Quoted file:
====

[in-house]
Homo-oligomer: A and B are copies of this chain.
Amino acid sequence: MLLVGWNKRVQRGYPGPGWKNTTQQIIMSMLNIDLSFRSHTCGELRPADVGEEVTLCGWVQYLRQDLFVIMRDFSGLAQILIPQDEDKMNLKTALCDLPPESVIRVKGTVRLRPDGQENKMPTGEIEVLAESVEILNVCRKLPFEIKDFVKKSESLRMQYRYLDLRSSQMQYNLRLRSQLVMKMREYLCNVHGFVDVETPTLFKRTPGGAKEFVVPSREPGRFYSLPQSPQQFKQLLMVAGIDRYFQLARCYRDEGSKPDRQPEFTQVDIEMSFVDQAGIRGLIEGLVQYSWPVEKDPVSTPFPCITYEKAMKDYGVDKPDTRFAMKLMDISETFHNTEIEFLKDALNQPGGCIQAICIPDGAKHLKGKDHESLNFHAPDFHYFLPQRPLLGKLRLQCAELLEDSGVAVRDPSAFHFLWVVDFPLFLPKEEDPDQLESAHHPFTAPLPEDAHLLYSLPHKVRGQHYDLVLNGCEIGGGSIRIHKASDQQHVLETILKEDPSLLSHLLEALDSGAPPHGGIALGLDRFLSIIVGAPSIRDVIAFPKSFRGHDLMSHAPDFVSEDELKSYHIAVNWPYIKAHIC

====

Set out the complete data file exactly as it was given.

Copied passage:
[in-house]
Homo-oligomer: A and B are copies of this chain.
Amino acid sequence: MLLVGWNKRVQRGYPGPGWKNTTQQIIMSMLNIDLSFRSHTCGELRPADVGEEVTLCGWVQYLRQDLFVIMRDFSGLAQILIPQDEDKMNLKTALCDLPPESVIRVKGTVRLRPDGQENKMPTGEIEVLAESVEILNVCRKLPFEIKDFVKKSESLRMQYRYLDLRSSQMQYNLRLRSQLVMKMREYLCNVHGFVDVETPTLFKRTPGGAKEFVVPSREPGRFYSLPQSPQQFKQLLMVAGIDRYFQLARCYRDEGSKPDRQPEFTQVDIEMSFVDQAGIRGLIEGLVQYSWPVEKDPVSTPFPCITYEKAMKDYGVDKPDTRFAMKLMDISETFHNTEIEFLKDALNQPGGCIQAICIPDGAKHLKGKDHESLNFHAPDFHYFLPQRPLLGKLRLQCAELLEDSGVAVRDPSAFHFLWVVDFPLFLPKEEDPDQLESAHHPFTAPLPEDAHLLYSLPHKVRGQHYDLVLNGCEIGGGSIRIHKASDQQHVLETILKEDPSLLSHLLEALDSGAPPHGGIALGLDRFLSIIVGAPSIRDVIAFPKSFRGHDLMSHAPDFVSEDELKSYHIAVNWPYIKAHIC